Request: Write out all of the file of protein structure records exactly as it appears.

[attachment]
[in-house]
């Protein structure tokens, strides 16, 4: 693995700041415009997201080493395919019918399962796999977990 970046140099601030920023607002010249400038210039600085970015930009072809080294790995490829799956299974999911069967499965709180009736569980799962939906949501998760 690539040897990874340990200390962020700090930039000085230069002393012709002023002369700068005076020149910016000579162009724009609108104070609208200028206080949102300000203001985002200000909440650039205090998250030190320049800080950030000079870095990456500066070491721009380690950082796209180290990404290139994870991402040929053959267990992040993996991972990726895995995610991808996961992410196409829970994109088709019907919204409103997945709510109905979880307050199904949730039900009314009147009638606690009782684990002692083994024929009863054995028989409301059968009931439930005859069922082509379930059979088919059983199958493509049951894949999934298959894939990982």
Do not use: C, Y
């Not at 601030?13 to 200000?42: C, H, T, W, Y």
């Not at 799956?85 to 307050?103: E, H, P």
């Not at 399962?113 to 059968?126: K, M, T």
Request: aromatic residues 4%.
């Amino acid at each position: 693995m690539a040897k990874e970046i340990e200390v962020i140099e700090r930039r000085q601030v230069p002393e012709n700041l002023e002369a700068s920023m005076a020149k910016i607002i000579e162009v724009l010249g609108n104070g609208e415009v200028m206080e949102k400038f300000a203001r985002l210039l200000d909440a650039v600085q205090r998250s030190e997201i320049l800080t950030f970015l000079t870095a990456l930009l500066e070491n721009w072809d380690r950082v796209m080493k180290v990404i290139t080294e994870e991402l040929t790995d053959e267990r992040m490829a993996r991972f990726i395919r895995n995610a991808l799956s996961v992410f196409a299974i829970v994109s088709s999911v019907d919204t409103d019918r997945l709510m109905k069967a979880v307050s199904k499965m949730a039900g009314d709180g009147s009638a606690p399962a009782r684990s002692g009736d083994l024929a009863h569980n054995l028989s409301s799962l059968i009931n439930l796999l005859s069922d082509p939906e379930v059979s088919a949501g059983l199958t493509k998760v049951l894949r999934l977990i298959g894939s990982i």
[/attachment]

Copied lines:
[in-house]
């Protein structure tokens, strides 16, 4: 693995700041415009997201080493395919019918399962796999977990 970046140099601030920023607002010249400038210039600085970015930009072809080294790995490829799956299974999911069967499965709180009736569980799962939906949501998760 690539040897990874340990200390962020700090930039000085230069002393012709002023002369700068005076020149910016000579162009724009609108104070609208200028206080949102300000203001985002200000909440650039205090998250030190320049800080950030000079870095990456500066070491721009380690950082796209180290990404290139994870991402040929053959267990992040993996991972990726895995995610991808996961992410196409829970994109088709019907919204409103997945709510109905979880307050199904949730039900009314009147009638606690009782684990002692083994024929009863054995028989409301059968009931439930005859069922082509379930059979088919059983199958493509049951894949999934298959894939990982």
Do not use: C, Y
């Not at 601030?13 to 200000?42: C, H, T, W, Y």
């Not at 799956?85 to 307050?103: E, H, P």
């Not at 399962?113 to 059968?126: K, M, T």
Request: aromatic residues 4%.
């Amino acid at each position: 693995m690539a040897k990874e970046i340990e200390v962020i140099e700090r930039r000085q601030v230069p002393e012709n700041l002023e002369a700068s920023m005076a020149k910016i607002i000579e162009v724009l010249g609108n104070g609208e415009v200028m206080e949102k400038f300000a203001r985002l210039l200000d909440a650039v600085q205090r998250s030190e997201i320049l800080t950030f970015l000079t870095a990456l930009l500066e070491n721009w072809d380690r950082v796209m080493k180290v990404i290139t080294e994870e991402l040929t790995d053959e267990r992040m490829a993996r991972f990726i395919r895995n995610a991808l799956s996961v992410f196409a299974i829970v994109s088709s999911v019907d919204t409103d019918r997945l709510m109905k069967a979880v307050s199904k499965m949730a039900g009314d709180g009147s009638a606690p399962a009782r684990s002692g009736d083994l024929a009863h569980n054995l028989s409301s799962l059968i009931n439930l796999l005859s069922d082509p939906e379930v059979s088919a949501g059983l199958t493509k998760v049951l894949r999934l977990i298959g894939s990982i």